Gold futures traded little changed below a three-week high as investors assessed tension in Ukraine and the Middle East against the strength of the U.S. economy.
Ukraine opened the door to a compromise over an aid convoy from Russia and began to send its own supplies, as the Red Cross announced talks with both governments. Russian President Vladimir Putin said the country will do all it can to stop the conflict in Ukraine. Israel and Gaza Strip militants agreed to extend a truce for five days, as eight rockets fired from Gaza at Israel before and after the original 72-hour truce expired.
The dollar traded below a nine-month high against the euro after data showed Germany’s economy contracted more than economists forecast last quarter and France stagnated. The greenback has strengthened since May amid signs the U.S. economy is improving, with the Federal Reserve cutting bond buying and contemplating interest-rate increases.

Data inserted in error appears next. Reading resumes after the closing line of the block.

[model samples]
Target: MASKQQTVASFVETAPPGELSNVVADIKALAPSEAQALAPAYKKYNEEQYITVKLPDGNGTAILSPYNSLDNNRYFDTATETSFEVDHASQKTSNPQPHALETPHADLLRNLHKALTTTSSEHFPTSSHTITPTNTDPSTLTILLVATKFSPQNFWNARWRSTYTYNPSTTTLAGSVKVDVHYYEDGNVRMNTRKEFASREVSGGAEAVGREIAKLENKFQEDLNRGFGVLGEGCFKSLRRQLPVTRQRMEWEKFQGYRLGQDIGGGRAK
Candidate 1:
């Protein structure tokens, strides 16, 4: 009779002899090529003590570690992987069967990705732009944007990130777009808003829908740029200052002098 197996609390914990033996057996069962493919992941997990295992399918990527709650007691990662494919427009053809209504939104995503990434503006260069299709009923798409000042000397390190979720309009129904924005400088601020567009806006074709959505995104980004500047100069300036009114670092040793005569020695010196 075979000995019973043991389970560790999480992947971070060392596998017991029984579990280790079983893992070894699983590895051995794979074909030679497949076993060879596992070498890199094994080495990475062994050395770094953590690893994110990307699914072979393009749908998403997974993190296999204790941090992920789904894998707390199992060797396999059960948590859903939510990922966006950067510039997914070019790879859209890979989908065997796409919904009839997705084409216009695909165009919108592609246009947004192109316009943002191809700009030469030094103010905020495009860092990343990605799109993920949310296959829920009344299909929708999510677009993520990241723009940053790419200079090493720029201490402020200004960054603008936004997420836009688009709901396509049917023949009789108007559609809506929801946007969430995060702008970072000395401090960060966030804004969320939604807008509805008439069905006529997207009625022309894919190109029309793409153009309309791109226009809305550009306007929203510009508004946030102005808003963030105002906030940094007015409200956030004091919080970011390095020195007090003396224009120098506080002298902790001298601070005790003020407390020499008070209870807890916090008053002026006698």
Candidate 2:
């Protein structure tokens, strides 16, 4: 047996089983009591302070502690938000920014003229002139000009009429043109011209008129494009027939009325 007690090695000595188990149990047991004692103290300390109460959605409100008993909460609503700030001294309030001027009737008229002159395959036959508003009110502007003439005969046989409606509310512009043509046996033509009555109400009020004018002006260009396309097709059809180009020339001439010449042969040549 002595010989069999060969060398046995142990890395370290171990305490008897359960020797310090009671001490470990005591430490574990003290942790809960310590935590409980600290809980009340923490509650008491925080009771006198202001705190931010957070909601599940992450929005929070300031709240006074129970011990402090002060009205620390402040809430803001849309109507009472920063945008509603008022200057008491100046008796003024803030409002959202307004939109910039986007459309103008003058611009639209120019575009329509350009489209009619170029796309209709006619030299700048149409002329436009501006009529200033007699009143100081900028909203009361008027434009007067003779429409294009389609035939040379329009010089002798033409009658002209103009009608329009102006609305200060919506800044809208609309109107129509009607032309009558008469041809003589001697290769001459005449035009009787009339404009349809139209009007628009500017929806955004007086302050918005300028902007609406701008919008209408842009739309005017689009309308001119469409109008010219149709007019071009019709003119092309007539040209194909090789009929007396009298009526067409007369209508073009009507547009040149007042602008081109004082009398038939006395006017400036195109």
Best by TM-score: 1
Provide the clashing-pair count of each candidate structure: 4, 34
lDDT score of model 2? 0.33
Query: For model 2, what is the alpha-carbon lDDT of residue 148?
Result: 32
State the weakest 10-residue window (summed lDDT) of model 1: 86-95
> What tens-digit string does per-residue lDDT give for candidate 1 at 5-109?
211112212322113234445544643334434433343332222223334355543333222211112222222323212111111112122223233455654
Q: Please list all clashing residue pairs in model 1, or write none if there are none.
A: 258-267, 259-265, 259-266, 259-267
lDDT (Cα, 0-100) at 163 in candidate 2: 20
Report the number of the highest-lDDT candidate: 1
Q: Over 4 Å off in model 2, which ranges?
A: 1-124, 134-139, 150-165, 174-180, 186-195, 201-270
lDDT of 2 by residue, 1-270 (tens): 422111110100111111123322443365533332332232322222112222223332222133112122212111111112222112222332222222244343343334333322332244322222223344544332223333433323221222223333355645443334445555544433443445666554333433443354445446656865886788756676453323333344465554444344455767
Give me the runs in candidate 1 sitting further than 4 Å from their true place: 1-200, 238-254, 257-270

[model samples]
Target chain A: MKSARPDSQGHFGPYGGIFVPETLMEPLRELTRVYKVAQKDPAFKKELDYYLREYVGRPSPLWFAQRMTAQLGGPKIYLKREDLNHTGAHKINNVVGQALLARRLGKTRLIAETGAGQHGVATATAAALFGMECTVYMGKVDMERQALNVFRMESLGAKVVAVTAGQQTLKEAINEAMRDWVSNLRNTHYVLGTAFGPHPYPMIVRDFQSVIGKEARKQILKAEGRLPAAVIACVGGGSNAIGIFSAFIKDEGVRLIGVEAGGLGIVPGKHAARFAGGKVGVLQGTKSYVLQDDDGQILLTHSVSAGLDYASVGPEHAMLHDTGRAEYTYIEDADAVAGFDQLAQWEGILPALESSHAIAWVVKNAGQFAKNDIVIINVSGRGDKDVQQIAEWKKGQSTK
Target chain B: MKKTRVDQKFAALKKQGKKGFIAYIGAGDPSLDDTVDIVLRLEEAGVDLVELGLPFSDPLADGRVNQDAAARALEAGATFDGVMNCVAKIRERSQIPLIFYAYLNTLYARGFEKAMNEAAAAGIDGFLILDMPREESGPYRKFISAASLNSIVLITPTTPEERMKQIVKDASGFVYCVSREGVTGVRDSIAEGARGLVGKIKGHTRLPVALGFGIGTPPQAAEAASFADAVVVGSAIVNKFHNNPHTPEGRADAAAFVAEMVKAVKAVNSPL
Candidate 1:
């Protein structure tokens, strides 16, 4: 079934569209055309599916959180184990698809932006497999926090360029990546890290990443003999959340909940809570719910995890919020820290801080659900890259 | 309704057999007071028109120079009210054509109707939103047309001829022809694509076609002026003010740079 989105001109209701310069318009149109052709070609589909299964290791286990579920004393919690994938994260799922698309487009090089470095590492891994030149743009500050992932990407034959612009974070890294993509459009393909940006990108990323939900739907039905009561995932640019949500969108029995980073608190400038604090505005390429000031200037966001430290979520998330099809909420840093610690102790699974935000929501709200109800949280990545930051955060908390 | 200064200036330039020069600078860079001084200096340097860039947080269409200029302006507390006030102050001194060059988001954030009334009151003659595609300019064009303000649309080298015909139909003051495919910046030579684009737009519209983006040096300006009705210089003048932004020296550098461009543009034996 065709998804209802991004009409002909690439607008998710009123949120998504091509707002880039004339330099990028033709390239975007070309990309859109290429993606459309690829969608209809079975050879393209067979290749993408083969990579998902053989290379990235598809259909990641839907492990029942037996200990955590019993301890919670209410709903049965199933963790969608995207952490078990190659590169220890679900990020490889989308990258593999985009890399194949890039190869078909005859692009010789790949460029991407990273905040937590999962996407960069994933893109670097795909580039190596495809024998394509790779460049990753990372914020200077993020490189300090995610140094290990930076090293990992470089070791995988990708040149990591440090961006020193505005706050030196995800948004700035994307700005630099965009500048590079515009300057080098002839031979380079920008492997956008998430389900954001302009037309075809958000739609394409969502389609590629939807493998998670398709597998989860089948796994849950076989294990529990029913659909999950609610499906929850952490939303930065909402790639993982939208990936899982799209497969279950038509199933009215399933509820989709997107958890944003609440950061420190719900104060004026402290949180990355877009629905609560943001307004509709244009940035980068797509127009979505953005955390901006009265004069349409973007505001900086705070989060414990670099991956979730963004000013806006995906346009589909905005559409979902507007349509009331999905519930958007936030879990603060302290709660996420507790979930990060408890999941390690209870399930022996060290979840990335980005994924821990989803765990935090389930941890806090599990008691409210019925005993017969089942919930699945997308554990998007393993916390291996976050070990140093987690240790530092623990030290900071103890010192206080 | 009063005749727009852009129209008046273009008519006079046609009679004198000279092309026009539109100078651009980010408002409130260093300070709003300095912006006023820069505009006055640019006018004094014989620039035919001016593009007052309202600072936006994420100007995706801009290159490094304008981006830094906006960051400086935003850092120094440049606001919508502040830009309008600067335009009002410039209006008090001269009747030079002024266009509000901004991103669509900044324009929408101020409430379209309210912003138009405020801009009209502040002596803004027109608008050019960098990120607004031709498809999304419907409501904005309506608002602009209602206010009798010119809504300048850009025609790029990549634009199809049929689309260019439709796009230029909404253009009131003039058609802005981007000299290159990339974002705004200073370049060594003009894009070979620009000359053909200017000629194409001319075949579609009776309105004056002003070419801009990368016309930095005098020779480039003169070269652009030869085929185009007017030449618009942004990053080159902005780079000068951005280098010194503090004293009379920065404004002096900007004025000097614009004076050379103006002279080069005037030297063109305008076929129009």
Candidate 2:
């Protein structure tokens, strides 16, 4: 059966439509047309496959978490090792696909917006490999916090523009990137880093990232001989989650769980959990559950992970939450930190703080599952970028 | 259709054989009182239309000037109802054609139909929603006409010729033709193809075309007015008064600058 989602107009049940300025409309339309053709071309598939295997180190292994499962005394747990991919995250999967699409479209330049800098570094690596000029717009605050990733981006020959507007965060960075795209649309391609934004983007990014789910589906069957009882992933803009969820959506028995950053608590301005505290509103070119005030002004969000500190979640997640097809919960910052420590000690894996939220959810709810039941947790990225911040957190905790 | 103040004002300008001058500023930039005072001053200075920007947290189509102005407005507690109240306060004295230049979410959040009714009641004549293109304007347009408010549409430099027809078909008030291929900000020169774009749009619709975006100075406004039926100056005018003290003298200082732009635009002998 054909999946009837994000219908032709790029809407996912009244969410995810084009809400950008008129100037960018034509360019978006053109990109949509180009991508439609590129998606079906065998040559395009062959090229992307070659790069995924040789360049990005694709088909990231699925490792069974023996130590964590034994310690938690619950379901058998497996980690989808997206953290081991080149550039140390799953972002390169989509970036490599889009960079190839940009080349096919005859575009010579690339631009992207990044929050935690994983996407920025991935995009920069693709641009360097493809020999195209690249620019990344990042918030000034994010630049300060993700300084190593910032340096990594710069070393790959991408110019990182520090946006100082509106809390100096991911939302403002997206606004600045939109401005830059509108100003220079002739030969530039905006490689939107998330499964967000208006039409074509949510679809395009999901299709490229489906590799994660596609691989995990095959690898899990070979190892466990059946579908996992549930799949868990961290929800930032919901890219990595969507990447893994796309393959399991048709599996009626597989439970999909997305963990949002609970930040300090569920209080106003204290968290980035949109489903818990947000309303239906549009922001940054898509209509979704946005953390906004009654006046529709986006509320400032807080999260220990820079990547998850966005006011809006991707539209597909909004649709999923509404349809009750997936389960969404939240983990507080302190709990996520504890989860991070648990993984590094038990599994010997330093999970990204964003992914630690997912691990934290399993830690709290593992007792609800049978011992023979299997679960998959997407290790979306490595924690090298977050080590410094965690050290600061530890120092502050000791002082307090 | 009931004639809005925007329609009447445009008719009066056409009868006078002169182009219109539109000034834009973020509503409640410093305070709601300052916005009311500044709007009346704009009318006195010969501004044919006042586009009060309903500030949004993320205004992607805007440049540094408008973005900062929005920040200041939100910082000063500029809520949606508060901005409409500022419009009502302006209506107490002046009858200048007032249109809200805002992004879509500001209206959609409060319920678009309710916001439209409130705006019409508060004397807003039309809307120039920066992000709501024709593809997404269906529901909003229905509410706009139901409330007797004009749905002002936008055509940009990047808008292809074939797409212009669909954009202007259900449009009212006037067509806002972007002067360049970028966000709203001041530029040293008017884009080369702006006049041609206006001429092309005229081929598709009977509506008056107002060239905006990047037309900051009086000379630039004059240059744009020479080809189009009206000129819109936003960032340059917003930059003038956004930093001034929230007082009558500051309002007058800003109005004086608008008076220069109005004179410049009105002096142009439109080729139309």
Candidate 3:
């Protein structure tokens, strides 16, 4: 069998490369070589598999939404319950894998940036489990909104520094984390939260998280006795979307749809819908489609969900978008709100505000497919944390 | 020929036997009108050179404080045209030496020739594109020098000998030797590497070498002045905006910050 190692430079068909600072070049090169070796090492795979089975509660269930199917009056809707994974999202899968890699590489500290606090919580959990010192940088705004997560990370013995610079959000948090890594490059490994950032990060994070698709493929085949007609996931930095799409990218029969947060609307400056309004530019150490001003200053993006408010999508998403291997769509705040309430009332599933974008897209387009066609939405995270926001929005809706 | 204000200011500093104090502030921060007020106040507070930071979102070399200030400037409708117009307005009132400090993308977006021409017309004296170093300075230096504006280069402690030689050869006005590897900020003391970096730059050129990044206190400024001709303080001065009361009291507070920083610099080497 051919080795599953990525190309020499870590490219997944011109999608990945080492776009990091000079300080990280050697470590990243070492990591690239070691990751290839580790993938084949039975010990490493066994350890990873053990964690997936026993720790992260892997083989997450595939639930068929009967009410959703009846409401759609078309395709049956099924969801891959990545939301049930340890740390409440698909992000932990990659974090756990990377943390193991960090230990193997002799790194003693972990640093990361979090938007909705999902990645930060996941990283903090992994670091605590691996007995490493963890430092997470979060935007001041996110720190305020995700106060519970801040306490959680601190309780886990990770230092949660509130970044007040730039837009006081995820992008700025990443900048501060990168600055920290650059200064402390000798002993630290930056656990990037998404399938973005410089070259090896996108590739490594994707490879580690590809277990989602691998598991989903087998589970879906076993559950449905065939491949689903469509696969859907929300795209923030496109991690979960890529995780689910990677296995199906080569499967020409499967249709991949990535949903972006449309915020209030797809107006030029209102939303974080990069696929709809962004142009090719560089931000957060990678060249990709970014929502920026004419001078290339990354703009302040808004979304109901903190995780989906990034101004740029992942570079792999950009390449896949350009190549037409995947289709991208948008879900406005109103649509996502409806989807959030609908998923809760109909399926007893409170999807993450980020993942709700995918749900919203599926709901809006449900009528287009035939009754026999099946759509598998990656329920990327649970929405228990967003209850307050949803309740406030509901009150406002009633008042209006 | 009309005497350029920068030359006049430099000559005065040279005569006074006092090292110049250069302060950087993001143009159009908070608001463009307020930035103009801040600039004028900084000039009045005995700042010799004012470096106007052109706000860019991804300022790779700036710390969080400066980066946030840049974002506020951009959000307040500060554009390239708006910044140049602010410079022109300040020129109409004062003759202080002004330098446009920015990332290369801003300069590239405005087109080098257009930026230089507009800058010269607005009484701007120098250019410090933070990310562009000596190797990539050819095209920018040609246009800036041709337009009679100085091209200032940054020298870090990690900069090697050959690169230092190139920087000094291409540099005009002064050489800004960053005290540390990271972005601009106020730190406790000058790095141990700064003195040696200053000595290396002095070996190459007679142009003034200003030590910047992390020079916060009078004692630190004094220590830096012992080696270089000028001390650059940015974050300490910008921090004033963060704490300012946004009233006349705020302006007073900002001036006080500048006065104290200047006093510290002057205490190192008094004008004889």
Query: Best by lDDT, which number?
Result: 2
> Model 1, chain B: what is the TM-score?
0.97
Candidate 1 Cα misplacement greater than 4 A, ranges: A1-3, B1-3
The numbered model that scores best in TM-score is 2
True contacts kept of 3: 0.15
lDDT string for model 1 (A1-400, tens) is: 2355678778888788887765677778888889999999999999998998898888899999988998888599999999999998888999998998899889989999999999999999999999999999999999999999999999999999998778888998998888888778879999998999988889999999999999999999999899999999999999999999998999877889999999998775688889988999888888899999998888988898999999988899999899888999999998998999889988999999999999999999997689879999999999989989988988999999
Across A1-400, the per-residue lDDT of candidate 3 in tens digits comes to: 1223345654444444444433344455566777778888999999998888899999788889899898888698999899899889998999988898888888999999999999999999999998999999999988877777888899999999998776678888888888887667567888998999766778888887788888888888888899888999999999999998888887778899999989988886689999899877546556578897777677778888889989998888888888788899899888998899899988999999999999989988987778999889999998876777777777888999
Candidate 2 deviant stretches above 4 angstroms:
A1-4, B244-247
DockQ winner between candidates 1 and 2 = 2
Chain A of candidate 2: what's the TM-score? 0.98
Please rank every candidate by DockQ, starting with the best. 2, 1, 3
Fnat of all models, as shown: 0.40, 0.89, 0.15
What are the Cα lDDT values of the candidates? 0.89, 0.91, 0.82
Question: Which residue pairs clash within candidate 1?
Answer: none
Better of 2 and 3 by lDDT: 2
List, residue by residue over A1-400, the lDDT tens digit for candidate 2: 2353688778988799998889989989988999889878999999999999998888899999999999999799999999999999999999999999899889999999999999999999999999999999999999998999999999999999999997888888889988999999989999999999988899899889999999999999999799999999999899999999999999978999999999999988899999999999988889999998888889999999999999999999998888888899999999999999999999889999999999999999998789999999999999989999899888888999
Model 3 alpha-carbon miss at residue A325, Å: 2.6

“In the absence of notable physical demand or renewed safe-haven inflows, the market is set to continue its current sideways pattern,” Andrey Kryuchenkov, an analyst at VTB Capital in London, said in a note. Prospects for higher interest rates “will only boost the opportunity cost of holding gold and continue hurting investor demand for the yellow metal.”
Gold for December delivery lost 0.2 percent to $1,311.50 an ounce by 7:32 a.m. on the Comex in New York. It reached $1,324.30 on Aug. 8, the highest since July 18. Bullion for immediate delivery declined 0.2 percent to $1,310.17 in London, according to Bloomberg generic pricing.